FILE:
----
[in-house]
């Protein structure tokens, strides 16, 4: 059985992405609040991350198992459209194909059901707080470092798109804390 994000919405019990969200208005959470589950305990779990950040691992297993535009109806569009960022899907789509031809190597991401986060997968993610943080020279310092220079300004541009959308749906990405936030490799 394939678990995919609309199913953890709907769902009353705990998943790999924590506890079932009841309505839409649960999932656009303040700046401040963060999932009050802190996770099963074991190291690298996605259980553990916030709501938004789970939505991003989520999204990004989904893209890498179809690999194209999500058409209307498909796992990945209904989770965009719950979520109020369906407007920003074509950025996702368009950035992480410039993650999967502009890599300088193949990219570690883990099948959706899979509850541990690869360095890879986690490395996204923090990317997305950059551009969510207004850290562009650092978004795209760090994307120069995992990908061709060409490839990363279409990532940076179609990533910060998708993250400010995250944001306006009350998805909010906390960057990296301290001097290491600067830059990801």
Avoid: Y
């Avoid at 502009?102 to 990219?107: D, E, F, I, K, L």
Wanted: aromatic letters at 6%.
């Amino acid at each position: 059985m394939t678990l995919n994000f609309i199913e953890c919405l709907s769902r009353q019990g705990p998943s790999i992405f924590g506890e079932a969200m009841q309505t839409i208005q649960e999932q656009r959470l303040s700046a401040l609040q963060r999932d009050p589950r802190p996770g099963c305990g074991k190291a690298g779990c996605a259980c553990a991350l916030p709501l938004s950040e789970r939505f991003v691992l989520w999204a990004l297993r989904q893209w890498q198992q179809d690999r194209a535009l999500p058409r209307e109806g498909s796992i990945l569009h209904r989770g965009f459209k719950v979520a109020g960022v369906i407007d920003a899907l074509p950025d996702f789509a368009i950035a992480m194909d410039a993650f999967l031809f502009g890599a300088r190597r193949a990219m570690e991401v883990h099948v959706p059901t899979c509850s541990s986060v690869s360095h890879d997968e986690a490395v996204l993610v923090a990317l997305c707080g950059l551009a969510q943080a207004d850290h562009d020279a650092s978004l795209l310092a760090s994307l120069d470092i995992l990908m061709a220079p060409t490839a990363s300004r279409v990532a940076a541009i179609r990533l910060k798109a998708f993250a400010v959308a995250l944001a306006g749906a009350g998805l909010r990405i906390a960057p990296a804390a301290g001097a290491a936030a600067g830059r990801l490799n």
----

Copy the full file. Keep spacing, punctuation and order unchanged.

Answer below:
[in-house]
């Protein structure tokens, strides 16, 4: 059985992405609040991350198992459209194909059901707080470092798109804390 994000919405019990969200208005959470589950305990779990950040691992297993535009109806569009960022899907789509031809190597991401986060997968993610943080020279310092220079300004541009959308749906990405936030490799 394939678990995919609309199913953890709907769902009353705990998943790999924590506890079932009841309505839409649960999932656009303040700046401040963060999932009050802190996770099963074991190291690298996605259980553990916030709501938004789970939505991003989520999204990004989904893209890498179809690999194209999500058409209307498909796992990945209904989770965009719950979520109020369906407007920003074509950025996702368009950035992480410039993650999967502009890599300088193949990219570690883990099948959706899979509850541990690869360095890879986690490395996204923090990317997305950059551009969510207004850290562009650092978004795209760090994307120069995992990908061709060409490839990363279409990532940076179609990533910060998708993250400010995250944001306006009350998805909010906390960057990296301290001097290491600067830059990801």
Avoid: Y
């Avoid at 502009?102 to 990219?107: D, E, F, I, K, L």
Wanted: aromatic letters at 6%.
């Amino acid at each position: 059985m394939t678990l995919n994000f609309i199913e953890c919405l709907s769902r009353q019990g705990p998943s790999i992405f924590g506890e079932a969200m009841q309505t839409i208005q649960e999932q656009r959470l303040s700046a401040l609040q963060r999932d009050p589950r802190p996770g099963c305990g074991k190291a690298g779990c996605a259980c553990a991350l916030p709501l938004s950040e789970r939505f991003v691992l989520w999204a990004l297993r989904q893209w890498q198992q179809d690999r194209a535009l999500p058409r209307e109806g498909s796992i990945l569009h209904r989770g965009f459209k719950v979520a109020g960022v369906i407007d920003a899907l074509p950025d996702f789509a368009i950035a992480m194909d410039a993650f999967l031809f502009g890599a300088r190597r193949a990219m570690e991401v883990h099948v959706p059901t899979c509850s541990s986060v690869s360095h890879d997968e986690a490395v996204l993610v923090a990317l997305c707080g950059l551009a969510q943080a207004d850290h562009d020279a650092s978004l795209l310092a760090s994307l120069d470092i995992l990908m061709a220079p060409t490839a990363s300004r279409v990532a940076a541009i179609r990533l910060k798109a998708f993250a400010v959308a995250l944001a306006g749906a009350g998805l909010r990405i906390a960057p990296a804390a301290g001097a290491a936030a600067g830059r990801l490799n």